MARE @ WHAT DESIGN CAN DO
As you may have noticed on our social channels, we attended the ‘What Design Can Do’ conference in Amsterdam last week. WDCD believes that the power of design and creativity can transform society and we couldn’t agree more! Through a diverse program with a variety of keynotes and workshops, we immersed ourselves in the world of design and what it can do to improve sustainability, facilitate activism and enhance social interactions, amongst other things. In the next two weeks we’ll let you experience the conference through our eyes, sharing insight in what we deem most relevant. Enjoy!
The ‘Constructive digital innovation’ workshop was based on the fact that many digital innovations are designed to contribute to our daily lives, but often aspects like privacy, our environment, social and ethical consequences are not taken into account in the design process. During the workshop we explored which rules to apply, to allow for innovations leading to preferable futures.
Each group was assigned a future scenario created by a graduate from the Design Academy of Eindhoven. Within our group we were ought to discuss if our future scenario was a preferable one and if not, which rules we could apply to do make it preferable. At the end of the session we evaluated our rules together and the most important ones were the following:
- Each new product should have a minimum viable and ethical level of responsibility. One way of achieving this is to appoint chief ethical officers next to technical officers.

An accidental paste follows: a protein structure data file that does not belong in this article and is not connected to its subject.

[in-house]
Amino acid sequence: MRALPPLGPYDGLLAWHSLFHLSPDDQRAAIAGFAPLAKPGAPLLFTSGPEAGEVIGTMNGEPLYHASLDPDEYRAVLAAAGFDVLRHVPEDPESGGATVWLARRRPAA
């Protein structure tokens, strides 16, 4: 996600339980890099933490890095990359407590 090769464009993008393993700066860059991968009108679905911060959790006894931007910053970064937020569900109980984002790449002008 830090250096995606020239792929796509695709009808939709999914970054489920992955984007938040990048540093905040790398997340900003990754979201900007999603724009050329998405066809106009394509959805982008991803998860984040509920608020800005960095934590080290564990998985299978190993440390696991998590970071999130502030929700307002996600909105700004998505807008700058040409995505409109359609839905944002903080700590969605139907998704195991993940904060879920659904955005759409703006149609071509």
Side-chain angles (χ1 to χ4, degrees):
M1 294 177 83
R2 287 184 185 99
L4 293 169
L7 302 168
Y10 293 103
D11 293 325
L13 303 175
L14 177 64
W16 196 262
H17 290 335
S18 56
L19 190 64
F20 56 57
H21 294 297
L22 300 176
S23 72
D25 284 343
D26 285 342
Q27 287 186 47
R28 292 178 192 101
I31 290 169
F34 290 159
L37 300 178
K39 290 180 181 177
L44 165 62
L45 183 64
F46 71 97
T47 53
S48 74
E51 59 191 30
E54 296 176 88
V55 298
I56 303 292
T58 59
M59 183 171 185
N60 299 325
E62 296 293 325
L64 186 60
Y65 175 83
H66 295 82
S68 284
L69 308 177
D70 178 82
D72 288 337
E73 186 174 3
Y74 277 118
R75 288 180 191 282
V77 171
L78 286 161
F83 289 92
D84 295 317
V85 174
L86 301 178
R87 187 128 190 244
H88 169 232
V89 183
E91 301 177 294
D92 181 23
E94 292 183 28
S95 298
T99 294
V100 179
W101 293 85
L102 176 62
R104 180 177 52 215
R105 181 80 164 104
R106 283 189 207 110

- Debate whether or not an innovation is responsible together with various kinds of specialists like law experts, innovation adepts, trend researchers and designers.
- Human centered innovation is key when designing for preferred futures, because connecting people, data and knowledge is the next big challenge that’s upon us all.
In our future scenario a new car feature was introduced, the car chat. Car chat basically works like Tinder, but the difference being you chat with a live hologram that’s seated in the passenger seat next to you. We generally agreed that this could be a fun feature, given that we’d have self-driving cars by then. The rules we came up with to inject value beyond fun? There would have to be some kind of digital car police, preventing things like (child) pornography and hackers getting into your car. Human centered how? Well, car chat could be a great way to alleviate that nagging feeling of slowly dying in your car during traffic (a.k.a. road rage), especially in a self-driven car.
If you’d like to get some visual clues as to what the fair was all about, make sure to check out our short and snappy impression of what the ambience was like.
Next up: A keynote speaker who found a way to revolutionize the way we recycle plastics. Stay tuned!